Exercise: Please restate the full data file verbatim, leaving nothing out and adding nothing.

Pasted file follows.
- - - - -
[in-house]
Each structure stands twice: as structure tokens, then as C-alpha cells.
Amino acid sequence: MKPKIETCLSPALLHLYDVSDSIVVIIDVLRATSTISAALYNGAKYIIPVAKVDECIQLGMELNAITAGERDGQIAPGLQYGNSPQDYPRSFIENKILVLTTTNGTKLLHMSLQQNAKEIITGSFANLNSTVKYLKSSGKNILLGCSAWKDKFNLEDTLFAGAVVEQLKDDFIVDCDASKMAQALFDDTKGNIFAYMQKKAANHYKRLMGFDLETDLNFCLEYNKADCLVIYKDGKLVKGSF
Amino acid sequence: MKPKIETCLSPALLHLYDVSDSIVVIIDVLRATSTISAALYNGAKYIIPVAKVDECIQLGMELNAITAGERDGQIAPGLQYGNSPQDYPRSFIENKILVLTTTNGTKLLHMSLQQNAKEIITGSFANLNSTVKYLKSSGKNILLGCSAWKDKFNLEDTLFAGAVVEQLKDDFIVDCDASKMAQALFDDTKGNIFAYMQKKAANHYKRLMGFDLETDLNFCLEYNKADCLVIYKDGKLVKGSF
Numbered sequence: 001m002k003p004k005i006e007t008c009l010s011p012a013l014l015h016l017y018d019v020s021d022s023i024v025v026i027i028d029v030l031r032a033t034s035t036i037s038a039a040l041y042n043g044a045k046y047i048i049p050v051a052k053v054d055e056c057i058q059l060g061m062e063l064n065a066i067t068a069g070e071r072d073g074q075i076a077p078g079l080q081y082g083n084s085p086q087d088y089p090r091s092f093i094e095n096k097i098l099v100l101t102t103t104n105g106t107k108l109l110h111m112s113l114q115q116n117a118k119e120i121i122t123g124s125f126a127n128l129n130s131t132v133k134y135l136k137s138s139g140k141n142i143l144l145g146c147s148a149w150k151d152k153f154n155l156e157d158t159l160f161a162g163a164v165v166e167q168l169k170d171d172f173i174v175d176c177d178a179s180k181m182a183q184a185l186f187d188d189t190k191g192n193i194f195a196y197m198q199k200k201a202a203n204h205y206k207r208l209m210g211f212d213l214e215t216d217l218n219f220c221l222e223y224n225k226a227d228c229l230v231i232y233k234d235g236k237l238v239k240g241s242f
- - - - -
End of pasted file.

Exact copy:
[in-house]
Each structure stands twice: as structure tokens, then as C-alpha cells.
Amino acid sequence: MKPKIETCLSPALLHLYDVSDSIVVIIDVLRATSTISAALYNGAKYIIPVAKVDECIQLGMELNAITAGERDGQIAPGLQYGNSPQDYPRSFIENKILVLTTTNGTKLLHMSLQQNAKEIITGSFANLNSTVKYLKSSGKNILLGCSAWKDKFNLEDTLFAGAVVEQLKDDFIVDCDASKMAQALFDDTKGNIFAYMQKKAANHYKRLMGFDLETDLNFCLEYNKADCLVIYKDGKLVKGSF
Amino acid sequence: MKPKIETCLSPALLHLYDVSDSIVVIIDVLRATSTISAALYNGAKYIIPVAKVDECIQLGMELNAITAGERDGQIAPGLQYGNSPQDYPRSFIENKILVLTTTNGTKLLHMSLQQNAKEIITGSFANLNSTVKYLKSSGKNILLGCSAWKDKFNLEDTLFAGAVVEQLKDDFIVDCDASKMAQALFDDTKGNIFAYMQKKAANHYKRLMGFDLETDLNFCLEYNKADCLVIYKDGKLVKGSF
Numbered sequence: 001m002k003p004k005i006e007t008c009l010s011p012a013l014l015h016l017y018d019v020s021d022s023i024v025v026i027i028d029v030l031r032a033t034s035t036i037s038a039a040l041y042n043g044a045k046y047i048i049p050v051a052k053v054d055e056c057i058q059l060g061m062e063l064n065a066i067t068a069g070e071r072d073g074q075i076a077p078g079l080q081y082g083n084s085p086q087d088y089p090r091s092f093i094e095n096k097i098l099v100l101t102t103t104n105g106t107k108l109l110h111m112s113l114q115q116n117a118k119e120i121i122t123g124s125f126a127n128l129n130s131t132v133k134y135l136k137s138s139g140k141n142i143l144l145g146c147s148a149w150k151d152k153f154n155l156e157d158t159l160f161a162g163a164v165v166e167q168l169k170d171d172f173i174v175d176c177d178a179s180k181m182a183q184a185l186f187d188d189t190k191g192n193i194f195a196y197m198q199k200k201a202a203n204h205y206k207r208l209m210g211f212d213l214e215t216d217l218n219f220c221l222e223y224n225k226a227d228c229l230v231i232y233k234d235g236k237l238v239k240g241s242f